I imagine that most of you have experienced some sort of “ah-ha” moment at some point in your life. So what is that flash of insight that Matthew is hoping his readers will have when they read today’s gospel? What is the great mystery that was revealed to Paul when he encountered Jesus on the road to
The epiphany for both Paul and for Matthew’s community was the realization that not only had God made himself known in Jesus, but that God’s intent was to make himself known not just to a select group, to the Jewish people but rather to all peoples, all ethnic groups, all nations. God’s plan is the uniting of both Jews and Gentiles into one community, a community based not on blood-lines but rather on adoption into one family as children of God, and Jesus the Messiah was sent to bring this plan to its fulfilment.
We may have difficulty realizing it today, but this was a totally radical idea two thousand years ago. The Jews were expecting a Messiah who would defeat the foreigners in battle and reestablish the
not someone who would end hostility and gather all together into a single
family. The self-understanding, the
identity of the people of kingdom of Israel
was based on their covenant relationship with God. “I will be your God and you will be my people.”
That was the promise given to Moses on Mount Sinai. For over a thousand years, the people of Israel had kept
themselves separate, forbidding marriage with foreigners, practicing
circumcision as a mark of identity, and keeping their own dietary and purity
laws. The idea that God now wanted to
end that separation and re-establish his people to include both Jews and
Gentiles was absolutely unthinkable. Israel
Yet that’s exactly what happened in the early church. It didn’t happen without a struggle. Imagine what it was like for the first generation of Jesus’ followers based in Jerusalem when this upstart Paul started advocating full and equal membership in the church for Greeks and other foreigners. And not only did he want the foreigners included, but he wanted all the rules changed in order to accommodate them. No longer would circumcision be required. No longer would the dietary laws have to be followed. No longer would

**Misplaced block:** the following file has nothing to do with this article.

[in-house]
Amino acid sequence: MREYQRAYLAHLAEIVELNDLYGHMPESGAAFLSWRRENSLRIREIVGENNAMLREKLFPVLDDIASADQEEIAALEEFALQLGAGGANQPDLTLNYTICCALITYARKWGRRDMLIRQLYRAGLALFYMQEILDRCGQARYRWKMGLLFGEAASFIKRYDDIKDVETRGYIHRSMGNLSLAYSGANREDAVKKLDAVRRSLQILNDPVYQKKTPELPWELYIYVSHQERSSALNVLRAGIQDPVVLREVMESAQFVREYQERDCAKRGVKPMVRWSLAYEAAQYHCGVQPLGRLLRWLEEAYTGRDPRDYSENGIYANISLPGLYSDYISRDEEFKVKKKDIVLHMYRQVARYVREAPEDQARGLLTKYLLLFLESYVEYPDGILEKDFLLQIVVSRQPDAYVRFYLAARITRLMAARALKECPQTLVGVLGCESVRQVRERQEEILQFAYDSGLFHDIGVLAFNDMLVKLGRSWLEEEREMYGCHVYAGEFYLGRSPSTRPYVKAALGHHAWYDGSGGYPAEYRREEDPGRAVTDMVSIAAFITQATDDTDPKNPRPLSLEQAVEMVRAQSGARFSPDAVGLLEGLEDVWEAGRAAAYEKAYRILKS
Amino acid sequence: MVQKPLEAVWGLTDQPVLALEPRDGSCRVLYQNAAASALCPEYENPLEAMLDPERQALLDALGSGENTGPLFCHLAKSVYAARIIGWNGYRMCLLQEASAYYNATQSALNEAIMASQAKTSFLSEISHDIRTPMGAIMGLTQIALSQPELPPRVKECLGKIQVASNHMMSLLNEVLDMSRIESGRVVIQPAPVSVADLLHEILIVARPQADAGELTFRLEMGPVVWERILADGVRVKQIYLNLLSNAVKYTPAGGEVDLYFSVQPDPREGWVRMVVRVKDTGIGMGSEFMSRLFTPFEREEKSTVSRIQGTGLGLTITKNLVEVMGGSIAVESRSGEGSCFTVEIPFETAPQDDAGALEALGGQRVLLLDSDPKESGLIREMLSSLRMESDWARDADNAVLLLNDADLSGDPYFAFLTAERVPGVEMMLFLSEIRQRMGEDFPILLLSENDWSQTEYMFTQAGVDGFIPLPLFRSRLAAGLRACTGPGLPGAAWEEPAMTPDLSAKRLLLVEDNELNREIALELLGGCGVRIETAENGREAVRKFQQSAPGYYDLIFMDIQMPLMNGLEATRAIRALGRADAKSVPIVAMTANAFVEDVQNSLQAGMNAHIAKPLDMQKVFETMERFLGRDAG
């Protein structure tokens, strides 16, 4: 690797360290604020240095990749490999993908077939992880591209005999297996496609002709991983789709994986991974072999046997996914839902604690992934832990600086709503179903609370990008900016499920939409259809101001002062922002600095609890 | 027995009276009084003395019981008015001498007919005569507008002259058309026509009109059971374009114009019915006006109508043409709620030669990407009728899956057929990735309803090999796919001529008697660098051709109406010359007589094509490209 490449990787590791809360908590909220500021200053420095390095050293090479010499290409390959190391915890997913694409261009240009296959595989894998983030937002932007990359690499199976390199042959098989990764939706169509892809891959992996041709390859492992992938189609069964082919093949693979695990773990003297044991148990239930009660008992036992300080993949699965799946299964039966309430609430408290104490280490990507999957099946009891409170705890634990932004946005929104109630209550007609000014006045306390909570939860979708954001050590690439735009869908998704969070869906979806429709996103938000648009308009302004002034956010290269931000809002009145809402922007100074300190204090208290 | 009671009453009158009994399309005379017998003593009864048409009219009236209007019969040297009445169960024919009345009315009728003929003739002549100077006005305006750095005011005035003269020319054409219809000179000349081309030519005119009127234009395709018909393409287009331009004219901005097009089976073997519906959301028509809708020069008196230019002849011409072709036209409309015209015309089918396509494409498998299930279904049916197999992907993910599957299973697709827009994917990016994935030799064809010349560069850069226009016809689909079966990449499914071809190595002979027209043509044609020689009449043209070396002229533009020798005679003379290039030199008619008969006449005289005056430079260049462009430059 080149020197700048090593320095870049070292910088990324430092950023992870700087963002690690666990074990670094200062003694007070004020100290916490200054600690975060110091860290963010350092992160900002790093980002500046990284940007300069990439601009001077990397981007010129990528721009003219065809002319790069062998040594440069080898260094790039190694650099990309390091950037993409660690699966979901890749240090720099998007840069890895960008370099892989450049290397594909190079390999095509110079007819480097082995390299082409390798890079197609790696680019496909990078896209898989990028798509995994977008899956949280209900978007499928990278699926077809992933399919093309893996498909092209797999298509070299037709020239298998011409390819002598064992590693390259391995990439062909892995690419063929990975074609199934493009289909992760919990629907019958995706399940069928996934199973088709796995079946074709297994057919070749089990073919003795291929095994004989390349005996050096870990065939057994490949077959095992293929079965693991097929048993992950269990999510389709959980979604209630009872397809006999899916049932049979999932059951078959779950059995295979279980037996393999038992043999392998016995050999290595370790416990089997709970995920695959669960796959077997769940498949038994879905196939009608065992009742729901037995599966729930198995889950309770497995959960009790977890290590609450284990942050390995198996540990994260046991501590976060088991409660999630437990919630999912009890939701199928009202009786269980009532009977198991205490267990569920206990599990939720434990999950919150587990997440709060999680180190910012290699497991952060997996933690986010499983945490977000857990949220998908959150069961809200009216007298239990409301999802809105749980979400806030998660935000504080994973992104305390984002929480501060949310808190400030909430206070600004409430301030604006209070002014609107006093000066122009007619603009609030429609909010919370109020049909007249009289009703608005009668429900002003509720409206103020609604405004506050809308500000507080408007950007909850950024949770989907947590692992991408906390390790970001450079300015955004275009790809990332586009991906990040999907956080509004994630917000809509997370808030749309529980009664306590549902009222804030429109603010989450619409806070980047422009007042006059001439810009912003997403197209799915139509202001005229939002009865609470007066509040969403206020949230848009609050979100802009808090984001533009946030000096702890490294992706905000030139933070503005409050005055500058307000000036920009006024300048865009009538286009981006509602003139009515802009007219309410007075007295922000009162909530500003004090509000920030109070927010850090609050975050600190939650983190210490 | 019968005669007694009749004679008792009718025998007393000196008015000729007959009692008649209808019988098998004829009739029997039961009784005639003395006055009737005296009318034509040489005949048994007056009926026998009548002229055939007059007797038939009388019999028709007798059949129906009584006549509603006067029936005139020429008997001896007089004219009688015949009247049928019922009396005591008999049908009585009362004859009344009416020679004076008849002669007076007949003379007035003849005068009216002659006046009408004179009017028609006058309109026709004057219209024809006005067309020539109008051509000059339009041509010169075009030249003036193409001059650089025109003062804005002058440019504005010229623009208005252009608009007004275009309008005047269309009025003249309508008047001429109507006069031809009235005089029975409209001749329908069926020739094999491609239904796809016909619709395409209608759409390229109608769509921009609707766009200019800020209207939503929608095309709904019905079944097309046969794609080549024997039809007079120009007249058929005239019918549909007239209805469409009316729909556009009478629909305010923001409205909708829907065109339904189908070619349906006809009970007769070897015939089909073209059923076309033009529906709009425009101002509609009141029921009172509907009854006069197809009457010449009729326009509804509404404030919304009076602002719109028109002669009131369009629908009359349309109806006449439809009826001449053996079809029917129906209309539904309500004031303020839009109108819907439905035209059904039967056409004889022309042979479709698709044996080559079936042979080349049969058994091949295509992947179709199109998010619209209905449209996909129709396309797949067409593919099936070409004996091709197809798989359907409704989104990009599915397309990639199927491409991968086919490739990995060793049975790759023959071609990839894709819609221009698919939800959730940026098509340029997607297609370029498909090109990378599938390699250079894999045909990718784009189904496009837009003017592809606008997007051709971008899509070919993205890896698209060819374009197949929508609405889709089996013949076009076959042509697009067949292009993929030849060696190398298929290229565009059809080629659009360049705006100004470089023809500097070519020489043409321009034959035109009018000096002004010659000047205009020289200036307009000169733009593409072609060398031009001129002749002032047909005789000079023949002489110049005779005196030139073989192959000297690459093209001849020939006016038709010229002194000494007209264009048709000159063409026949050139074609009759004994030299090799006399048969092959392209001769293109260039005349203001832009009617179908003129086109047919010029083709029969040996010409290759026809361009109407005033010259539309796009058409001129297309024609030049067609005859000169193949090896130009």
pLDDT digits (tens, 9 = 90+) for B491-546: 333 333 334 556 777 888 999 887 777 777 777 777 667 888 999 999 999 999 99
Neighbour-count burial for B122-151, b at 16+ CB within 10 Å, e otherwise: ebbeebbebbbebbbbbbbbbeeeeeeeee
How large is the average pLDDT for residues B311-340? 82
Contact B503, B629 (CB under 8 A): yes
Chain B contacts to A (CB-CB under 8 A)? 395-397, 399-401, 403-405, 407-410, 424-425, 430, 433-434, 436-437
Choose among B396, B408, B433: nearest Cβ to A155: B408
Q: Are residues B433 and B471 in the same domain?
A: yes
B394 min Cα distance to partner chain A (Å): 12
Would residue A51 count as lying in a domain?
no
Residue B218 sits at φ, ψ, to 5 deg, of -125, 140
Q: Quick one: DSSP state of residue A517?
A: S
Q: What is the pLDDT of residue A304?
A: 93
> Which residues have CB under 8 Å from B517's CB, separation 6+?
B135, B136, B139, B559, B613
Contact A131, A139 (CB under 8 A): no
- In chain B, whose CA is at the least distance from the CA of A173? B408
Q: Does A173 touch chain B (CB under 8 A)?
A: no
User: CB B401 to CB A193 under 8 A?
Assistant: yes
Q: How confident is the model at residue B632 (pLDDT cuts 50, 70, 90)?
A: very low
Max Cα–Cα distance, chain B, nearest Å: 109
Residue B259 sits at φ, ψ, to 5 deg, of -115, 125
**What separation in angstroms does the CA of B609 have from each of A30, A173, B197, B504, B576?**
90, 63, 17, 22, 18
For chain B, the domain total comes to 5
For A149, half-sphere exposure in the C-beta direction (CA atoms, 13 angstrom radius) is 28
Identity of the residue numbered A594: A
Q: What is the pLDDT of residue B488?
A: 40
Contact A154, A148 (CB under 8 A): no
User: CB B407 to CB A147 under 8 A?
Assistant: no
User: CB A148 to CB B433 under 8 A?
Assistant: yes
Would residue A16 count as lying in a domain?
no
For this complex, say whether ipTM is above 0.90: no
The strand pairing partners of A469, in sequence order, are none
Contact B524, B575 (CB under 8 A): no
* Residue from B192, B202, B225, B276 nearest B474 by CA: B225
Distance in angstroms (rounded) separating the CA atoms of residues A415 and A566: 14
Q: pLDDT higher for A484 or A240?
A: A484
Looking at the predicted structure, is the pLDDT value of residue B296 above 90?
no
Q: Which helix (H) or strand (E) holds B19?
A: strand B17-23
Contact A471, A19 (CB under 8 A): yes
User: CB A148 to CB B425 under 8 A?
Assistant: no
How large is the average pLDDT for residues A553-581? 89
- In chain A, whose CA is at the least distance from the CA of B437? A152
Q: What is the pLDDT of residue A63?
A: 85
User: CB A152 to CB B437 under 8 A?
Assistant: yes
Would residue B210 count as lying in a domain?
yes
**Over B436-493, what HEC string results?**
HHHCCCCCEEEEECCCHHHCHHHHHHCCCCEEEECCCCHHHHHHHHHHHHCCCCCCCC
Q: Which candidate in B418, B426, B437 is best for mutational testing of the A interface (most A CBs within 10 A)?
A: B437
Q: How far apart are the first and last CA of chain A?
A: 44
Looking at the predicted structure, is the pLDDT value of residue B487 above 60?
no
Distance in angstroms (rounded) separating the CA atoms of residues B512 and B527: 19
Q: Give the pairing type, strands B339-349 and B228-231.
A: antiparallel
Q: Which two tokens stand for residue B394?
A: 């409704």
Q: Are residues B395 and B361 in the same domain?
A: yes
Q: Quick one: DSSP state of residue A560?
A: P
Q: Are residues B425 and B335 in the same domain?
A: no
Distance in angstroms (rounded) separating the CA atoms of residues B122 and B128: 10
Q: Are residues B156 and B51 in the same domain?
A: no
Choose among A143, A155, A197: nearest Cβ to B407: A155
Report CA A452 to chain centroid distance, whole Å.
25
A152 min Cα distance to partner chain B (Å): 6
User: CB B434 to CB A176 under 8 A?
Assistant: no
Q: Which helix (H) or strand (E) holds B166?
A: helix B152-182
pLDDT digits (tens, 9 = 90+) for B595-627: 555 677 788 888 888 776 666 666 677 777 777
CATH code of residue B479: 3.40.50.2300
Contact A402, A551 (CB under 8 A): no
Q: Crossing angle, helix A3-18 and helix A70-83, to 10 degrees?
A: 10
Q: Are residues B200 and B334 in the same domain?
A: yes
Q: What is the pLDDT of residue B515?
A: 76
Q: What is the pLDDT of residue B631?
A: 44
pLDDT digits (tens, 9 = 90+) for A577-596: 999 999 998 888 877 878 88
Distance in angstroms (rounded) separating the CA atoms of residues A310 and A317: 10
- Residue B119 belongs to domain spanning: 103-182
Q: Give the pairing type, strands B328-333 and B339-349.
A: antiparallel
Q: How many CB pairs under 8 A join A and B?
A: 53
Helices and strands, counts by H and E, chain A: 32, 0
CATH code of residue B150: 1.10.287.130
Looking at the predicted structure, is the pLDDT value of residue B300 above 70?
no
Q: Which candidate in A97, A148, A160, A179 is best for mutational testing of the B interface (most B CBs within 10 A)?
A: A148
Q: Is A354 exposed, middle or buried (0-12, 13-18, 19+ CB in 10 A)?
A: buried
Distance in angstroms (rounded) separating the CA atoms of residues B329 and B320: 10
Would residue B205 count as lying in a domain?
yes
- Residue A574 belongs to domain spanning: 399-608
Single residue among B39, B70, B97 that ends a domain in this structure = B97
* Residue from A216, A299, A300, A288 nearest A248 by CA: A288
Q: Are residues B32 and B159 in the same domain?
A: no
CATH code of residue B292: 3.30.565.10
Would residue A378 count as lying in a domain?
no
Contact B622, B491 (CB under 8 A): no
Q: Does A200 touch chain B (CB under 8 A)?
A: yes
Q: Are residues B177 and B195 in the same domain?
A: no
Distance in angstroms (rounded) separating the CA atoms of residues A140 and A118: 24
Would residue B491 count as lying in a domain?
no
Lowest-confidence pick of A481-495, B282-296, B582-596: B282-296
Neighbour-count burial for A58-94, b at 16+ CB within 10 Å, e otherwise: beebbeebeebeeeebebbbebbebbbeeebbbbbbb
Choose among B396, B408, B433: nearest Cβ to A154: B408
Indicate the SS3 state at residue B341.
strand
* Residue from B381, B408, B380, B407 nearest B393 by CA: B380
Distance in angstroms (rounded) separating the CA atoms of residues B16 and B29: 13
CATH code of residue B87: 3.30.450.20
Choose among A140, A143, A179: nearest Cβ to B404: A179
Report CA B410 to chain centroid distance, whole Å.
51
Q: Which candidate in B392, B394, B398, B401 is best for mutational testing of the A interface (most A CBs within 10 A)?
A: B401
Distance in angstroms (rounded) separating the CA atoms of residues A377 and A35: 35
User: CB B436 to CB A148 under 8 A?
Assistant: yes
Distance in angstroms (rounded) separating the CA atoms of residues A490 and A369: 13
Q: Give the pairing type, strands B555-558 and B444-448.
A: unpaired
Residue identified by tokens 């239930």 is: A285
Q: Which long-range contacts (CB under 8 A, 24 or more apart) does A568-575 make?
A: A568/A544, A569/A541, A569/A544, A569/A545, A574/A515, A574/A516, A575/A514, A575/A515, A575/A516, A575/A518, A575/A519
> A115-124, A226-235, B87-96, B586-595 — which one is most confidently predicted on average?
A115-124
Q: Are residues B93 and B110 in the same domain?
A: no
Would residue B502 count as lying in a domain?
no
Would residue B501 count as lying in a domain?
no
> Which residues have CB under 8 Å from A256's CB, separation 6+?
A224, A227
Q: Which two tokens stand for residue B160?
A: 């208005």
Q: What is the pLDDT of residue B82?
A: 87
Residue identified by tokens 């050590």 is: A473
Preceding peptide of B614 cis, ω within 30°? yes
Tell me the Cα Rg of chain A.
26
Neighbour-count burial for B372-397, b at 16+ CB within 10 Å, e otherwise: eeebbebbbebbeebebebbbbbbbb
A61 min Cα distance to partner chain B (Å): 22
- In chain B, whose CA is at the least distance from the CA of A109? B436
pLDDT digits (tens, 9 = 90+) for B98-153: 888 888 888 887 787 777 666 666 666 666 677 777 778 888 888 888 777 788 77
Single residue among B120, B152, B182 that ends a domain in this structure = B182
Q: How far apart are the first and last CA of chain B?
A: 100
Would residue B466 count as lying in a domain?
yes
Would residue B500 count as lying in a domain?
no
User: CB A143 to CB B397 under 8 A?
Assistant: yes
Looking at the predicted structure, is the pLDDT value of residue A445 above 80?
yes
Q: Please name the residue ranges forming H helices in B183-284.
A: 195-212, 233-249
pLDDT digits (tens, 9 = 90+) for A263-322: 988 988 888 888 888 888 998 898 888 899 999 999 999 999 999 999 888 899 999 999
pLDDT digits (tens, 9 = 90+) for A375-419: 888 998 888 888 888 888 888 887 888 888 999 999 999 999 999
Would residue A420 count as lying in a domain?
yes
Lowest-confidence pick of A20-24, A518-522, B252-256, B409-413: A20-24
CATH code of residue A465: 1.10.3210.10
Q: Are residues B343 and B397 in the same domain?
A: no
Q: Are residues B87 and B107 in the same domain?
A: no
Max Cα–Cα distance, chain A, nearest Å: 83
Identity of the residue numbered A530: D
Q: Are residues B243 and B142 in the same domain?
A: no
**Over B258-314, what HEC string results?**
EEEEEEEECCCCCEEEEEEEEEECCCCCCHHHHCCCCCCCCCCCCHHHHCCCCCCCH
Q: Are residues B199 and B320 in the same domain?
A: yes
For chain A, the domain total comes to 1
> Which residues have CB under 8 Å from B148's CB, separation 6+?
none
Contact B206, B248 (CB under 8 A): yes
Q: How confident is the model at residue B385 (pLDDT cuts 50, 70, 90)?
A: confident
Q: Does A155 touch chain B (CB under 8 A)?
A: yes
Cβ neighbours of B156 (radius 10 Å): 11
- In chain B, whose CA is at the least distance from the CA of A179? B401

hold the place
of honour in the church. No longer would
your status be determined by who your parents were or how well you kept the law
of Moses. No longer would foreigners
have to follow Jewish practices before they were allowed to eat at the same
table. Two thousand years ago, this was
radical stuff. Jerusalem
This is the Epiphany that we’re talking about today, the sudden flash of insight that Jesus came for all humanity, that God’s plan is to bring all people into his family. This is the “ah-ha” moment that radically changed and shaped the early church.
For the people of
it was a
radical change in their vocation, in the mission that they’d been called to by
God. It was not totally unforeseen
however. More than five hundred years
before Jesus’ birth, a prophetic voice had called for Israel to take
on this new mission. “Arise, shine,” the
prophet Isaiah calls to Israel in our first reading. “I will give you as a light to the
nations.” “Nations shall come to your
light and all will be gathered together.”
Isaiah foresaw that one day all nations would become God’s children by